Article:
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Ex-students: Trevor Khan MLC

16 Oct

An old teacher always enjoys hearing of ex-students. A story in today’s Sydney Morning Herald has brought back a lot of memories. The story itself is hardly relevant, the only point being that it mentioned National Party NSW Legislative Council member Trevor Khan from Tamworth, a fact that will delight Jim Belshaw.

Trevor, along with my old friend Simon H, was in the class of 1975 at The Illawarra Grammar School in Wollongong. I taught him English, and I suspect Asian Studies, from 1971 to 1974. I was fascinated to read this in his maiden speech delivered in the NSW Parliament on 9 May 2007.

What I have also learnt over the past 20 years is that our justice system is perhaps one of the best in the world. Certainly there are deficiencies, but it is composed of a body of men and women committed to ensuring that the system works. I fear that all too often criticisms are made of the system by people who have no experience of it, with an eye more to the next headline than upon achieving beneficial change. There are principles in our system that appear to be under threat. The growth of strict liability offences, the shifting of the onus of proof, the lessening of the criminal standard of proof, are all matters of concern. Of equal concern is the trend to remove decision making from the judiciary and place responsibility with members of the executive or quasi-judicial tribunals. All these moves involve a lessening of the protections previously available to the ordinary citizen and must therefore be resisted.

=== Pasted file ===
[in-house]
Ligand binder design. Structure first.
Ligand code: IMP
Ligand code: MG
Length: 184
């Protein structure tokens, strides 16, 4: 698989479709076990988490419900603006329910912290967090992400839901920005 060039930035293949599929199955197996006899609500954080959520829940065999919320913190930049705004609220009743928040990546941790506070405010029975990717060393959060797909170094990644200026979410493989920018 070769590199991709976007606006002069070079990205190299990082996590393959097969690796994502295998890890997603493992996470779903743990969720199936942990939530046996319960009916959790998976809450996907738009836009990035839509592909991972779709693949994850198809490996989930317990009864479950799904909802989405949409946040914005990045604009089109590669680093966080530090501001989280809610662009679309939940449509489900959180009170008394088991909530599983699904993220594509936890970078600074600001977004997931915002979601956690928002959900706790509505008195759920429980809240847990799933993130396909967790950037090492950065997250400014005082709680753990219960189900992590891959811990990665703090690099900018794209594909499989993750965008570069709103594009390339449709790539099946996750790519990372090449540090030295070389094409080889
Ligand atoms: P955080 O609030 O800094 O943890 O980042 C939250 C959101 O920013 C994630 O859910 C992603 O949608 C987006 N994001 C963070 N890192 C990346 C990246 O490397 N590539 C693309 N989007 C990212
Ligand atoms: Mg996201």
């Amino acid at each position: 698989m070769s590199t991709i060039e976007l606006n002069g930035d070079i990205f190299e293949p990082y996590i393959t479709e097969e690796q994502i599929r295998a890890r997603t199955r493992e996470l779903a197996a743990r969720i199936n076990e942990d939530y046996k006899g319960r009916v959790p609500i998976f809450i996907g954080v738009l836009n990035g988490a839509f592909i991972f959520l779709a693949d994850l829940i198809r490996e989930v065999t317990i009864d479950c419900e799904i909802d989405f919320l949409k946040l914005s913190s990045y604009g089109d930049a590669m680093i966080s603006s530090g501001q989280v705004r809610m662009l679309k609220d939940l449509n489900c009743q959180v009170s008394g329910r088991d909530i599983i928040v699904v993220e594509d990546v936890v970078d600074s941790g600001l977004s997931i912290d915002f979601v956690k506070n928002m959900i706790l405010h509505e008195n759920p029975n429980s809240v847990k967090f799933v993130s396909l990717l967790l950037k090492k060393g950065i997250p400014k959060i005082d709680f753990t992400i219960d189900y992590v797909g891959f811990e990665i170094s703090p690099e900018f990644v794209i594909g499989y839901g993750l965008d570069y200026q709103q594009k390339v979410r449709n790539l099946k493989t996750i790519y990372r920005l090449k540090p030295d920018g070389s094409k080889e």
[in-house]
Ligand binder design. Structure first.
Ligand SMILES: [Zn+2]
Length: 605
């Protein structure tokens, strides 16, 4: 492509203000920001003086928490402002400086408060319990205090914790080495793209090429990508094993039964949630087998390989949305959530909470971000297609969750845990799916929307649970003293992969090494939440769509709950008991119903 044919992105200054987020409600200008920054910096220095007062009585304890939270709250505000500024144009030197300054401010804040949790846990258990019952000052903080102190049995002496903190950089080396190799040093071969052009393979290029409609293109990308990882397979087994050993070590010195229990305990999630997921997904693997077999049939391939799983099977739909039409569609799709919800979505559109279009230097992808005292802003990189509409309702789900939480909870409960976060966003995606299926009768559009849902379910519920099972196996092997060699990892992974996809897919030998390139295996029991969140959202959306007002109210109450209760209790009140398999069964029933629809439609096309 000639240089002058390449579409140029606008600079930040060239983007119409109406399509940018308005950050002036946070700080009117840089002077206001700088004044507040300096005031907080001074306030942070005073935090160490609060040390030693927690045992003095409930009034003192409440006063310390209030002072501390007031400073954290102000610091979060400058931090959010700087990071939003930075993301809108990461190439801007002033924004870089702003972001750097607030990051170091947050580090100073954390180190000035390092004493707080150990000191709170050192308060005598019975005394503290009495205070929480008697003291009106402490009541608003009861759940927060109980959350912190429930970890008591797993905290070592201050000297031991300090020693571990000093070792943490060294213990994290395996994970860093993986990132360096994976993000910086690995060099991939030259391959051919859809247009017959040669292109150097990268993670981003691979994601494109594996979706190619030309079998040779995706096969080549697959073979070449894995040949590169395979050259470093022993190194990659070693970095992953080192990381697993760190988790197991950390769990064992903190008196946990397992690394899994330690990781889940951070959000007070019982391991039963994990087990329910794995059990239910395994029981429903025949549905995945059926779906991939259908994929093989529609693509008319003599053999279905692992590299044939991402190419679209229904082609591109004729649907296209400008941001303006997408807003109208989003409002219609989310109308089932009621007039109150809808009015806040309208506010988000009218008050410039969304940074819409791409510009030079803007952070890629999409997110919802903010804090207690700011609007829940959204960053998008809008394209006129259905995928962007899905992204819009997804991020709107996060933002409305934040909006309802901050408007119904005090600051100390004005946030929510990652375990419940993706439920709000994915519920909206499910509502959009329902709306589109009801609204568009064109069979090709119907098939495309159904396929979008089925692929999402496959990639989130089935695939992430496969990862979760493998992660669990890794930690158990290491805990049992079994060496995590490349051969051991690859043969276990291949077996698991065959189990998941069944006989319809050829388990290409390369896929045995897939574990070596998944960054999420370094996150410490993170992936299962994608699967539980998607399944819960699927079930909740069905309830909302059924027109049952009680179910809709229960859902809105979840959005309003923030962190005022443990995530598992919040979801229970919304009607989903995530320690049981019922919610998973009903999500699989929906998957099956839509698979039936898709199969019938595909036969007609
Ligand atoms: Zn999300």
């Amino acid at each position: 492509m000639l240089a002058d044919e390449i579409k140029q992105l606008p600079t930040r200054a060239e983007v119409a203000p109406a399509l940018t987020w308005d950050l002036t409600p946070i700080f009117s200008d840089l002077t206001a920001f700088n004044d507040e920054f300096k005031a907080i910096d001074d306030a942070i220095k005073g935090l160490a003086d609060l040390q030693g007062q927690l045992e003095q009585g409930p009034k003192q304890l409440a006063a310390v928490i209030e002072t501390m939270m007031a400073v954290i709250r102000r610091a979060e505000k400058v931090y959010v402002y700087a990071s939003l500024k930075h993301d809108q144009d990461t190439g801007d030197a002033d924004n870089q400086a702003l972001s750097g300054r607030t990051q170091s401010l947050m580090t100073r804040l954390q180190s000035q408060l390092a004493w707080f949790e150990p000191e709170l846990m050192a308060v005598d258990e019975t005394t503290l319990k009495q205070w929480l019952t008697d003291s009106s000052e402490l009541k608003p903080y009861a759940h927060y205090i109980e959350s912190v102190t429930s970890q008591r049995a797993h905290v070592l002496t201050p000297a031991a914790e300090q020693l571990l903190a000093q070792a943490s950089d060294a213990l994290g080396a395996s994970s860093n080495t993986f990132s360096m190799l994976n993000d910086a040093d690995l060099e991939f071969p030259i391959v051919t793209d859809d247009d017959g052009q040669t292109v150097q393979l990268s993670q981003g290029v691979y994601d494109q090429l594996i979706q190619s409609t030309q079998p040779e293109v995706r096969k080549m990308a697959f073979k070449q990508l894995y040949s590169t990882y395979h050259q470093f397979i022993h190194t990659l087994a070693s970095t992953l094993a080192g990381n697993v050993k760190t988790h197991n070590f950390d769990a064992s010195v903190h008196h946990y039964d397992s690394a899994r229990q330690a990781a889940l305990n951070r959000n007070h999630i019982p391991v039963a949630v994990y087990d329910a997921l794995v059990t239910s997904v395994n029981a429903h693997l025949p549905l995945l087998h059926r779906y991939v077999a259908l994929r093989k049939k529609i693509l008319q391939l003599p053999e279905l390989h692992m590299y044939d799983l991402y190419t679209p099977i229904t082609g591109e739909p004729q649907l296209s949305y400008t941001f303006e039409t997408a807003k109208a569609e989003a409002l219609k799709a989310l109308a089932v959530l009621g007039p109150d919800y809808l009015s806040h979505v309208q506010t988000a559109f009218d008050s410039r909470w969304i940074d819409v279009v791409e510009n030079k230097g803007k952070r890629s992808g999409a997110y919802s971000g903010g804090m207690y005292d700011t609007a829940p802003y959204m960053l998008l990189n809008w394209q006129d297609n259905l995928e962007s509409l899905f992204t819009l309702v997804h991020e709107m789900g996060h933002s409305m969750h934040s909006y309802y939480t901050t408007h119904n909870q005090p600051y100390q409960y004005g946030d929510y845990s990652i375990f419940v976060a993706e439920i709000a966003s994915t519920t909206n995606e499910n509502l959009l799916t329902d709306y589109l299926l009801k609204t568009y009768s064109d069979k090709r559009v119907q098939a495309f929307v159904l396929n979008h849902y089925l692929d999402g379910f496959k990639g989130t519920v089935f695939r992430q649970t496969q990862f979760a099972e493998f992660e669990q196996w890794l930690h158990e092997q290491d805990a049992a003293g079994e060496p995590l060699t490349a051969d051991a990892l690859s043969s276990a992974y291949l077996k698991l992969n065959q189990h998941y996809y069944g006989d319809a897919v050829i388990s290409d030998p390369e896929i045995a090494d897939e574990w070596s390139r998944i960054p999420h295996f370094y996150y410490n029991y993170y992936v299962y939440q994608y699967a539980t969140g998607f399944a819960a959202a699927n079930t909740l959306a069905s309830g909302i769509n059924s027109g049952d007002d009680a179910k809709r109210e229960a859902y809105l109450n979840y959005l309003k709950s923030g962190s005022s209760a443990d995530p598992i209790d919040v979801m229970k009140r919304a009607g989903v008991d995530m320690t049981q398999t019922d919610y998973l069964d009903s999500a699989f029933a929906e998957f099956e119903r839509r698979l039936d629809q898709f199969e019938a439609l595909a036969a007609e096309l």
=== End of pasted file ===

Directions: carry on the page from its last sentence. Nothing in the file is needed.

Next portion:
However, I feel in detailing my legal career it is only fair that I pay tribute to the many hardworking and talented teachers who saw me overcome early difficulties to eventually enter this profession. I was privileged to attend what was then a small private school, The Illawarra Grammar School in Wollongong. That school provided me with a quality education throughout the time of my schooling from 1962 until the completion of my Higher School Certificate in 1975—in fact, 11 November 1975 was the day of my final economics exam. There can be no doubt that it is the teachers in the early years of my education who are owed the greatest debt, for it was those teachers who identified a reading difficulty which was then simply described as dyslexia.

I well remember those times in the special reading classes. I well remember as a child my school friends speeding along in their reading exercises whilst I struggled with much simpler tasks. It was a difficult and embarrassing time. As I say, if it were not for those teachers who identified my difficulties I may well not have had the opportunity for the higher studies that I have had. But my gratitude to the teaching profession does not end there. As a result of my university years I became a firm believer in the values of the State public education system. This belief in the public education system arose for a number of reasons, but principally because of the significant contribution that a public education system plays in ensuring the homogeneity of our society.